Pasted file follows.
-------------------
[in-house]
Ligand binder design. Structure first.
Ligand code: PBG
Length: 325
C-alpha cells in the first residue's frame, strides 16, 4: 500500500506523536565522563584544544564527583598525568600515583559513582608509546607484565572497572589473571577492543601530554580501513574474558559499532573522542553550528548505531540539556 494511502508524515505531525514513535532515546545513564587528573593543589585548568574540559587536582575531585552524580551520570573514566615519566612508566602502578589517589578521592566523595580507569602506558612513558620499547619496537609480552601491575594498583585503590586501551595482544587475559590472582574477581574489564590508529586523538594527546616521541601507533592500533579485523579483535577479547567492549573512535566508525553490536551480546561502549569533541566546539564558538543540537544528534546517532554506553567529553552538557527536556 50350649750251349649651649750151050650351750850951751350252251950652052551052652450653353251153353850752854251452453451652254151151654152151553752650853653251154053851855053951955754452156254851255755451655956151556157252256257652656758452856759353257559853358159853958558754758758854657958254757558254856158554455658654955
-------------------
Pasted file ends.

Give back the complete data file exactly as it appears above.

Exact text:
[in-house]
Ligand binder design. Structure first.
Ligand code: PBG
Length: 325
C-alpha cells in the first residue's frame, strides 16, 4: 500500500506523536565522563584544544564527583598525568600515583559513582608509546607484565572497572589473571577492543601530554580501513574474558559499532573522542553550528548505531540539556 494511502508524515505531525514513535532515546545513564587528573593543589585548568574540559587536582575531585552524580551520570573514566615519566612508566602502578589517589578521592566523595580507569602506558612513558620499547619496537609480552601491575594498583585503590586501551595482544587475559590472582574477581574489564590508529586523538594527546616521541601507533592500533579485523579483535577479547567492549573512535566508525553490536551480546561502549569533541566546539564558538543540537544528534546517532554506553567529553552538557527536556 50350649750251349649651649750151050650351750850951751350252251950652052551052652450653353251153353850752854251452453451652254151151654152151553752650853653251154053851855053951955754452156254851255755451655956151556157252256257652656758452856759353257559853358159853958558754758758854657958254757558254856158554455658654955